NEW YORK (CNS) — The formation of the Entertainment Software Rating Board regulatory body in the 1990s was partly brought about by the notorious reputation of the first title in the “Mortal Kombat” fighting-game franchise. A quarter century later, the latest installment in that long series, “Mortal Kombat 11” (WB Games) arrives with a renewed storyline and outstanding visual graphics but with gory mayhem little diminished.
In this chapter of the mythology-laden saga, “elder god” Raiden (voice of Richard Epcar) decides to kill off all the enemies of Earthrealm (the game’s stand-in for plain old Earth). Embittered by past battles, he decides this is the only course of action open to him. Kronika (voice of Jennifer Hale), the architect of time, however, believes that Raiden’s plan would upset the balance between good and evil.
Kronika therefore sets out to eliminate Raiden’s very existence by rewriting history. To help her accomplish this goal, she pulls iconic characters from past “Mortal Kombat” games into the present through her power to manipulate time.
One such character is Raiden himself. Past Raiden, horrified at what his present self has done, seeks both to stop Kronika and to prevent the mistakes he will make in the future. Raiden recognizes that Kronika’s efforts are just as wrong as the actions his present self has undertaken.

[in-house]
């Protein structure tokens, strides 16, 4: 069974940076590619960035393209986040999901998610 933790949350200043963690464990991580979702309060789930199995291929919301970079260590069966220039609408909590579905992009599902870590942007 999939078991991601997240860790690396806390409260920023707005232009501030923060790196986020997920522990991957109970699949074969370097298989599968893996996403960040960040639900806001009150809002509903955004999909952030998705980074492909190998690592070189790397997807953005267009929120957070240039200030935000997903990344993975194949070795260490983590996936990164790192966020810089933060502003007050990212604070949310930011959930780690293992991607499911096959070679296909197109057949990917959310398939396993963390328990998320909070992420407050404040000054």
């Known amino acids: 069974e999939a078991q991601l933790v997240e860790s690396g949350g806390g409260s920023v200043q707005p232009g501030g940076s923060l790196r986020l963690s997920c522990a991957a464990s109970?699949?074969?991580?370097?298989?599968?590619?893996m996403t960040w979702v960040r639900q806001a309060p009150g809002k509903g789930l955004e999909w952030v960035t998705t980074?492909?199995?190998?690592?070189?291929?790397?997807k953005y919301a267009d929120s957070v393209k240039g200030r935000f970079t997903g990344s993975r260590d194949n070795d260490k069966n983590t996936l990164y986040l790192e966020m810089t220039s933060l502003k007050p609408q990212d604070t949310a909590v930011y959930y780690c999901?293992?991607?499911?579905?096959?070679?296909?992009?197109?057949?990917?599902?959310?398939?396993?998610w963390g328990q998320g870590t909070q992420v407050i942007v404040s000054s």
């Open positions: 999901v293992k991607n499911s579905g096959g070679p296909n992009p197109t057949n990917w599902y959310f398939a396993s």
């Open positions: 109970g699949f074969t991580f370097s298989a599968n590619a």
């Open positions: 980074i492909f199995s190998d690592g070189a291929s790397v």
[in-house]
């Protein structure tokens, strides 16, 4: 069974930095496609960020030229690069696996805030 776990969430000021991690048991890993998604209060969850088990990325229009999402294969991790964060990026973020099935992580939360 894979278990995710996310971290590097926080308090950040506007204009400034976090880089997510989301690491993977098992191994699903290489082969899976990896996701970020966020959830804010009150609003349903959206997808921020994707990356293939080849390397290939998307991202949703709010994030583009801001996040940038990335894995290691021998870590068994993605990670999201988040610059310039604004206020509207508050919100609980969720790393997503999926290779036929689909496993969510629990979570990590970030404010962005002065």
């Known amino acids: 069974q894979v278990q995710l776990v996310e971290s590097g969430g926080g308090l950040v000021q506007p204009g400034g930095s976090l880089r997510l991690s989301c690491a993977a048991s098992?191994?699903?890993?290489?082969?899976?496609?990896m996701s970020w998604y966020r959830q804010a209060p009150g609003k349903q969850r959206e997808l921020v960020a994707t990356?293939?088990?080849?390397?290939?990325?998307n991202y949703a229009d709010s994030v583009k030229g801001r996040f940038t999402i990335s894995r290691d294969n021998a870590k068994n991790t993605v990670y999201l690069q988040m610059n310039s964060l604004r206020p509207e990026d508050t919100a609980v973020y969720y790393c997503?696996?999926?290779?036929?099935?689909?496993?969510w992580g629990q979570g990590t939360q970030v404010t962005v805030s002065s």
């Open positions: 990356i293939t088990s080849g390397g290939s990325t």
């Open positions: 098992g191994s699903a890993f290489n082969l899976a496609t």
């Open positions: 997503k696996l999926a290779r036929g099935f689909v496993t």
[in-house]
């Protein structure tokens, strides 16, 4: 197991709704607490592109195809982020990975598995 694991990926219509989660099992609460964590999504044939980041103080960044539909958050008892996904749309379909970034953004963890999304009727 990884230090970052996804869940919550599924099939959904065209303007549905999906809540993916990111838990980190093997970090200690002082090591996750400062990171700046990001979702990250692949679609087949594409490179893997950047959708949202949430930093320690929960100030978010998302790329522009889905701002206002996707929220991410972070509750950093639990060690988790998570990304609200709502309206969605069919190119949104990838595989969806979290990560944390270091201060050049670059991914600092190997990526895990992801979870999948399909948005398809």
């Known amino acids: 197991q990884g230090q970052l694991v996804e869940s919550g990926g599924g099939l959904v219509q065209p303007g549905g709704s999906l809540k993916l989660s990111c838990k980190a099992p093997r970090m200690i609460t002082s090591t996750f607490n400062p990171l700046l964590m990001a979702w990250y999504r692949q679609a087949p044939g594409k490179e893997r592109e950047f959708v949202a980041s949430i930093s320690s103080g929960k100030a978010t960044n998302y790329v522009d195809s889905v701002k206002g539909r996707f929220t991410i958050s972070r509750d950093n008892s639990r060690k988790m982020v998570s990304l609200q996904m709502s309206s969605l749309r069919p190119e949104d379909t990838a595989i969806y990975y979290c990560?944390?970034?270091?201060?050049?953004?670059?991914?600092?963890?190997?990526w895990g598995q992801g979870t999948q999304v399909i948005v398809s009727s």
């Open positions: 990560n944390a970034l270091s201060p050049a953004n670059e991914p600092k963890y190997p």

Kronika, like the present-day Raiden, believes that the ends justify the means. Removing Raiden will restore moral equilibrium, no matter how many lives may be lost in the process. She cares for stability and nothing more. Gamers of faith will recognize this as misguided. As the Catechism of the Catholic Church states, “An evil action cannot be justified by reference to a good intention” (CCC 1759).
Enemies and allies from the past and present alike must come face-to-face with Kronika’s immoral behavior and choose a side once and for all. The displays of sacrifice and redemption within the storyline mitigate the game’s violent aspects.
The plot moves along through the use of cutscenes, interspersed with platform battles controlled by the player. The fighting mechanics adjust based on game difficulty, but they can be a challenge for gamers new to the genre even on the easiest level. Combos must be executed to achieve victory.
Battles are one-on-one and involve brawling as well as the use of guns, elemental powers and swords to weaken the health of opponents. Deadly finishing moves, called “fatalities,” trigger intensely violent cutscenes depicting characters being decapitated, dismembered and otherwise mutilated.
Cooperative online playing is available for players to engage in battles with friends or in matchmaking.
Playable on Playstation 4, Xbox One, Nintendo Switch and PC.
The game contains intense bloody violence and frequent coarse language. The Catholic News Service classification is L — limited adult audience, material whose problematic content many adults would find troubling. The Entertainment Software Rating Board rating is M — Mature.
Smith reviews video games for Catholic News Service.